Tuesday, 6 October 2015

Thing 4 Google

Ah Google, that feels more familiar! But what's this? Hangouts?
Needless to say, none of my contacts have ever tried to 'hangout' in the Google sense, but I've sent an invitation to one of my pals, and if she ever gets back to me, I'll give it a go!
I've put my photo on (my brand!), and have taken a good look at the security settings. There's obviously lots more for me to explore, but I've made a start...

Friday, 2 October 2015

Thing 3 Your Professional Brand

What took me so long? I know, you're thinking I'm not serious about following Rudai 23, but this is not so.
 I should have known that starting the course so close to the end of term would cause me to falter at (almost) the first hurdle. With so much going on at work, the very last thing I wanted to do when I got home was jump back on the computer.
Then the long Summer break... sorry, but there was always something else I'd rather be doing!! I'm just not tech-motivated, but that's exactly why I need to complete this course.

Anyway, I'm back, and what's more I have a photo and the start of a profile on LinkedIn.
Like many others (I suspect) I joined LinkedIn a long time ago as a means to finding an old friend. It worked, she was there, and we're back in touch, but then that was it, I didn't do anything further. So thanks to Rudai 23 I've made a bit of effort, and taken my first baby steps into social media. There will be no stopping me now. Who am I kidding? It feels alien and awkward promoting 'my brand'. Maybe the next 'thing' will be easier...

Friday, 10 July 2015

Thing 2 - How and why I became a librarian

Well I should probably start with a confession - I'm not really a librarian! My job title is Learning Resource Centre Manager, and my career path started off with a BA (hons) in English Literature and Education, followed by 17 years as a bookseller, primarily as a children's book specialist.

Starting out, I could never have imagined myself in this role, chiefly because it didn't exist in its present form. I know that the school I attended back in the 1970s had a librarian, but the school library wasn't welcoming; it was highly polished and austere, with rules you could break just by blinking, or so it seemed to me then. No, that wasn't a career that appealed, though I loved reading and enjoyed nothing better than sharing what I'd learned with others.

So maybe I should train to be a teacher? That was my next thought, but rather than a BEd I chose to study the philosophy and history of education, alongside my first love, English Literature. In retrospect this was a wise move, as I quickly discovered that teaching was mostly about delivering a curriculum and ensuring that pupils could pass exams. My naive ideals of education in the broadest sense, knowledge for its own sake, reading for the pure joy of it, were all shattered. I realised that teaching was not for me.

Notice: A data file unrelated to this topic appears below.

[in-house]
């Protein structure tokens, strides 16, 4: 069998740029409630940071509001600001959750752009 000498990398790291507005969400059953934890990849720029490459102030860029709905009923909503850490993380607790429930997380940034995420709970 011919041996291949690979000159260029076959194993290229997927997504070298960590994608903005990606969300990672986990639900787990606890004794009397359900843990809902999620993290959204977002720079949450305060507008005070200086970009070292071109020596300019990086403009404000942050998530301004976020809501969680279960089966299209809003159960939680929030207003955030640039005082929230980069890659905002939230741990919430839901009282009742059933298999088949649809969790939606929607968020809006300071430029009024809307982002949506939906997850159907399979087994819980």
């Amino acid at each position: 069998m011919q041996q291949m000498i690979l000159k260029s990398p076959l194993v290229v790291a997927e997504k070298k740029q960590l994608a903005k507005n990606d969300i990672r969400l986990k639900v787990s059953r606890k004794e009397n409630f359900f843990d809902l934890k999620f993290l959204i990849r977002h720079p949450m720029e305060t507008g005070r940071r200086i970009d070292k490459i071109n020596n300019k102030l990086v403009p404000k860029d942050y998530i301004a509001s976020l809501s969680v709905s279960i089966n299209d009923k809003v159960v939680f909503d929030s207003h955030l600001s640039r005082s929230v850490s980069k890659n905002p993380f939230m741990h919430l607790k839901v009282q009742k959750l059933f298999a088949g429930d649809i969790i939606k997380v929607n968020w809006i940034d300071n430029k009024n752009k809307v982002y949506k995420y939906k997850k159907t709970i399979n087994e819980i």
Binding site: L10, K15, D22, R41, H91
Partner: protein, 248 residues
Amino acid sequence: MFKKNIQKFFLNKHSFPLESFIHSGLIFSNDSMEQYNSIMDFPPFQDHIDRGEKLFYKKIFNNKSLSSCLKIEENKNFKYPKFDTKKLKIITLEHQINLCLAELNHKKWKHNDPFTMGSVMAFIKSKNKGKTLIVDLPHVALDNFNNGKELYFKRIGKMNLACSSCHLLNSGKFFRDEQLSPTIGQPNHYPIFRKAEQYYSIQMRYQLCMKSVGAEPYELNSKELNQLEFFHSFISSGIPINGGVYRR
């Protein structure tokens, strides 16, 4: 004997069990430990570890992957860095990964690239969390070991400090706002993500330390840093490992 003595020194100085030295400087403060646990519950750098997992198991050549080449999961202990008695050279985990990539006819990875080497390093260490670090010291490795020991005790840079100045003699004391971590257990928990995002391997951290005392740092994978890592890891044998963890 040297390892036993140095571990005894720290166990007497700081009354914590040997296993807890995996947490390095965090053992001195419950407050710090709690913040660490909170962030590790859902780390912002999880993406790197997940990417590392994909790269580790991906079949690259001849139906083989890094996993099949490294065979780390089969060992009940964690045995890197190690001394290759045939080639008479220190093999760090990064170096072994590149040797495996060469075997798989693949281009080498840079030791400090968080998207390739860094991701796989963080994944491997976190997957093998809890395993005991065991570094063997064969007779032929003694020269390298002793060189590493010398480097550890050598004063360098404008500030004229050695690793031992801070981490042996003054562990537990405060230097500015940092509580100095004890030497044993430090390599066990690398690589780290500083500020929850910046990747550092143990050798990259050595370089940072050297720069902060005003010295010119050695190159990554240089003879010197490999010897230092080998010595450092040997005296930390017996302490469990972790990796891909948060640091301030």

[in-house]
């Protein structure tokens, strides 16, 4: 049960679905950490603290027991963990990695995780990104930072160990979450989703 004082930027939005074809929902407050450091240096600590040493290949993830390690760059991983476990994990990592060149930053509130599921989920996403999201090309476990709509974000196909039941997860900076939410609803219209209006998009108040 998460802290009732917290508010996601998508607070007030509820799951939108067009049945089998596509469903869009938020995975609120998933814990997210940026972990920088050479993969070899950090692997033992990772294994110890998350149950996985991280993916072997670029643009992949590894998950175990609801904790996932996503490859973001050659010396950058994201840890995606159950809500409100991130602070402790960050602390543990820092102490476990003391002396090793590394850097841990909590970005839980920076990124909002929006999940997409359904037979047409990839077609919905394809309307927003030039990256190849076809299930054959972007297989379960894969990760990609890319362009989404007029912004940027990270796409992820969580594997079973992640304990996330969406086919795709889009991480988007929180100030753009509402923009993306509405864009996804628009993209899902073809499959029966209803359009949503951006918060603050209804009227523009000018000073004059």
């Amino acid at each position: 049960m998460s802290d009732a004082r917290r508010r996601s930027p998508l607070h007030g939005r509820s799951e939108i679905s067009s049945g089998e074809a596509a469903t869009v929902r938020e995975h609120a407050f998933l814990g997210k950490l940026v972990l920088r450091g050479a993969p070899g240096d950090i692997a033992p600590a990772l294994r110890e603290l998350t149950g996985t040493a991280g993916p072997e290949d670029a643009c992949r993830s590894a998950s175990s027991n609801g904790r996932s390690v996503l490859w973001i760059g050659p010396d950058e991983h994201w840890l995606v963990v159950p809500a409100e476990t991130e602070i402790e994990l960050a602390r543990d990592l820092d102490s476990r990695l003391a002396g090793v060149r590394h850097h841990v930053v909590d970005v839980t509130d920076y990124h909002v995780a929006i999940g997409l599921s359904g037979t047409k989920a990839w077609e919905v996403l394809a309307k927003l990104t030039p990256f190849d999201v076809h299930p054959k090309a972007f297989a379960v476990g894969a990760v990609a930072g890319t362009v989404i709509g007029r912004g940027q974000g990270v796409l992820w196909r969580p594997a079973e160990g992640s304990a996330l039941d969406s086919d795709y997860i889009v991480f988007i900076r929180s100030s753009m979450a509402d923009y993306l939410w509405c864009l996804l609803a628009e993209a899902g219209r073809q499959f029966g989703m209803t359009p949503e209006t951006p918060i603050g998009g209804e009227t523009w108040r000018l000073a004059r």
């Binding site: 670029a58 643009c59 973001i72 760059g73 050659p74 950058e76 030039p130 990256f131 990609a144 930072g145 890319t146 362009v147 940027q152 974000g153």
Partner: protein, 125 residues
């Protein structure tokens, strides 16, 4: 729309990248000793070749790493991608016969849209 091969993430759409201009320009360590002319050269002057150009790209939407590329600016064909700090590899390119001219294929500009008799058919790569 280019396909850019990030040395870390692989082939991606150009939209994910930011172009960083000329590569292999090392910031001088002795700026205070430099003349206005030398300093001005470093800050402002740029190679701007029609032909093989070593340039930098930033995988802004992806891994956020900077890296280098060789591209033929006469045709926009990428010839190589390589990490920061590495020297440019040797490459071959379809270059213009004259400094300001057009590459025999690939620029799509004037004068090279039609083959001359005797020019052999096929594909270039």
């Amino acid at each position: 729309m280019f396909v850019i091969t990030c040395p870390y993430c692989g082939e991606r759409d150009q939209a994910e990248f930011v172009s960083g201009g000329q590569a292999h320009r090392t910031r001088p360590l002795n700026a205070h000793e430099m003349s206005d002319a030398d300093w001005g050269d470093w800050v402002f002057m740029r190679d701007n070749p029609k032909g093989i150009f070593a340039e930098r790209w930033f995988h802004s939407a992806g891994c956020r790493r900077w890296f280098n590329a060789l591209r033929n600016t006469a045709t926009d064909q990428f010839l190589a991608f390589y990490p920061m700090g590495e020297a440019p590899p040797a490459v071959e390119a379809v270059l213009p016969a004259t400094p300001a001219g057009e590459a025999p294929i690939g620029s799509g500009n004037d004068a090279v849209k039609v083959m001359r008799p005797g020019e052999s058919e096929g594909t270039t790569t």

So I became a bookseller - just while I decided what career to choose, you understand. Bookselling was fantastic; I could recommend my favourite authors, and get to meet quite a few of them too. True, I sometimes had to dress as Mr Happy or Spot the Dog, but this was more than made up for by the opportunities to guide and assist customers in their search for the perfect book. Working in retail is a young person's game though, and after 17 years I began to notice the long days on my feet and the antisocial hours. Setting up the Boxing Day sale before you go home exhausted on Christmas Eve is the reality of this kind of work.

So if I could do the same kind of work, but during school hours, and also promote the newly developing internet (this was 1999) as a provider of knowledge alongside my beloved books... what an amazing job that would be... and so it has proved! LRC Manager ticks all the boxes for me. I support the curriculum of course, but I'm not constrained by it. I can inspire and support young people to reach their potential and be the very best they can be, not just at passing exams, but as well rounded individuals. I love my job, and hope to continue to provide information and reading for pleasure, in whatever format it is wanted well into the future.